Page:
The number of business ideas scratched out on napkins or filling the pages of would-be- entrepreneurs’ notebooks is surely vast. Still, even though many people have ideas for businesses, only a select few manage to create something profitable.
The logical step after the napkin is developing a formal business plan, but many people often stop at creating a simple outline when they can and should do so much more.
A good business plan lays out the strategy and budget that can effectively transform an idea into a real-life, money-making reality. It’s the foundation you can build on and the roadmap you can follow to your goals.
And, of course, your business plan is a significant tool for acquiring funding.
Your Business Plan Should Help You Walk the Walk
When Palo Alto surveyed its Business Plan Pro software users, those who had completed a business plan were almost twice as likely to obtain capital and grow their business as those who did not have a business plan. That’s because anyone who chases money through official channels — bank loans, venture capitalists, or angel investors — will need to point to their plans as proof of potential.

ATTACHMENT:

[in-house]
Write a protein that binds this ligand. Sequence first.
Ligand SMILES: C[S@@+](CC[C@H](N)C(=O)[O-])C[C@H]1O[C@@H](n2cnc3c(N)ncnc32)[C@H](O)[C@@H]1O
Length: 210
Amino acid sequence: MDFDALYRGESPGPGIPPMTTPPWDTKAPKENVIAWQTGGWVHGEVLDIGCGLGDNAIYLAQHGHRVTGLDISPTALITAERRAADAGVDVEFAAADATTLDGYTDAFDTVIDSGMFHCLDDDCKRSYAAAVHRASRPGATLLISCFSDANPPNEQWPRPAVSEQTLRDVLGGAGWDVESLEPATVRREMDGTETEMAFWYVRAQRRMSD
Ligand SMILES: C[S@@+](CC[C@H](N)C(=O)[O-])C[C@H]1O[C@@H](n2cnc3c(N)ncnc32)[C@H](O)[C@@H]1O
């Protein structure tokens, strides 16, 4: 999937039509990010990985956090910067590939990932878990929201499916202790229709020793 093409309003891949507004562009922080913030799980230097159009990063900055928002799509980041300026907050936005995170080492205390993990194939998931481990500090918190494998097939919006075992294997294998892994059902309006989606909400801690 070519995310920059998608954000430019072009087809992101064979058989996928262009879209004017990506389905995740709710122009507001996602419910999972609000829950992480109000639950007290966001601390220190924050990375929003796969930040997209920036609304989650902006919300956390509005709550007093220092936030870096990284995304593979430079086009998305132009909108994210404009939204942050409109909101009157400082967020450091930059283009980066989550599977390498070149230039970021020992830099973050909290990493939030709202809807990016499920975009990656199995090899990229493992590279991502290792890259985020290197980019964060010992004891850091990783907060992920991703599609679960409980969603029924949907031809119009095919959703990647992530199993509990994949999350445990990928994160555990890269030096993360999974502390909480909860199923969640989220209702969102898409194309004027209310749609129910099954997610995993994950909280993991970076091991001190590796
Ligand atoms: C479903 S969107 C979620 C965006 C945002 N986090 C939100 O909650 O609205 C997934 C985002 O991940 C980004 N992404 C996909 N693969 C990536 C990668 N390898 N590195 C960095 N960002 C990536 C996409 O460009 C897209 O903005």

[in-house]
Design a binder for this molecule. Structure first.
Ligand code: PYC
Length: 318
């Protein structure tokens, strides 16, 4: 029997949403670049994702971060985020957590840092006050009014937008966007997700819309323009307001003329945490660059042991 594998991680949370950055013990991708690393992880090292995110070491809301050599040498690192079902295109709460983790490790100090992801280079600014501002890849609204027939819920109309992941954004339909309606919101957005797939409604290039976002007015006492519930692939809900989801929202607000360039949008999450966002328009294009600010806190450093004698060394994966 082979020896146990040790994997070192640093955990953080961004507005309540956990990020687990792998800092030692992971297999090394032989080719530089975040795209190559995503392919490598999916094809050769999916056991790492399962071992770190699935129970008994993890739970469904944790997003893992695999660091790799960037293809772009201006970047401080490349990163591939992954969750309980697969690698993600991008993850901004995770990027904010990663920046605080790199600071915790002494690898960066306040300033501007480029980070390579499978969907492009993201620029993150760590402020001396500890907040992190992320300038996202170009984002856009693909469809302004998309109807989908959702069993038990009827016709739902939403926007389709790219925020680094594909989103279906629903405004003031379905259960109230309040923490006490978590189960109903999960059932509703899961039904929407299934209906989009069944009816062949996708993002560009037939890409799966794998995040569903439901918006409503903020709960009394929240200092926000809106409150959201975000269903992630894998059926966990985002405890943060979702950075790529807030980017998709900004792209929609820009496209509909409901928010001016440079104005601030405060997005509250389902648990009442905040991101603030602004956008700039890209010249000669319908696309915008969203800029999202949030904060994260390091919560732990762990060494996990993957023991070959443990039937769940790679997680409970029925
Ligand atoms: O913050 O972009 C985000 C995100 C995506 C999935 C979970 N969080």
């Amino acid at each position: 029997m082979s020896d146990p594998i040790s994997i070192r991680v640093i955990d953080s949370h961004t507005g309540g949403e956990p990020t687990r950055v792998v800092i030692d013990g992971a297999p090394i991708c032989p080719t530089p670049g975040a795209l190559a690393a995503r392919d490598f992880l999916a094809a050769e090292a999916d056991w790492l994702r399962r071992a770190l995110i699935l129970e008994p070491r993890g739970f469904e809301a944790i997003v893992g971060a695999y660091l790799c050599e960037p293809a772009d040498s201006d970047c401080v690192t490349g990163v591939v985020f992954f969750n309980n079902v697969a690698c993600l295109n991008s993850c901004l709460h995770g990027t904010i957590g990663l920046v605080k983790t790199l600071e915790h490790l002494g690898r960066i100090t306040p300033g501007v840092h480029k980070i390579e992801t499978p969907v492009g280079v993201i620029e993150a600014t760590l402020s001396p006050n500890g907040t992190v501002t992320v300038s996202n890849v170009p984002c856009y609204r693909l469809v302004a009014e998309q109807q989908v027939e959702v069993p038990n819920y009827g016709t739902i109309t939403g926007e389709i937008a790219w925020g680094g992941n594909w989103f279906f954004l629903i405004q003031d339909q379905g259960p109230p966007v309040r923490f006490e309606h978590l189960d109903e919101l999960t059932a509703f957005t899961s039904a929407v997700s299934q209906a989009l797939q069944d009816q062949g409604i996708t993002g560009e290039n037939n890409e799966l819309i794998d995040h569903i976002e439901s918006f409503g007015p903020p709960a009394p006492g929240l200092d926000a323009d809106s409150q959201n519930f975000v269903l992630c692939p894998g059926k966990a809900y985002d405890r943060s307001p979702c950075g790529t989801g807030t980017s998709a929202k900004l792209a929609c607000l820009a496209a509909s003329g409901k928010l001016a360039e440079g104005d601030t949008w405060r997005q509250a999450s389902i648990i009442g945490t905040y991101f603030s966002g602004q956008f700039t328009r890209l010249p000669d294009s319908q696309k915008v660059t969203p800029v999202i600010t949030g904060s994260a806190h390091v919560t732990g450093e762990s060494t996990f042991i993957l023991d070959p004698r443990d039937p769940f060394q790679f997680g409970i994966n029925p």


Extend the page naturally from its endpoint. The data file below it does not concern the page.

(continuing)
If you have received all the funding you are likely to get from friends and family, pursuing angel investors can be a great next step. But unlike your relatives who will love you even if you fail, angel investors will expect to see evidence that investing in your business will be profitable down the line.
And if you pursue venture capital firms, be prepared for competition; you’ll have to stand out among hundreds of pitches. A well-researched, eye-catching business plan will give you that extra boost.
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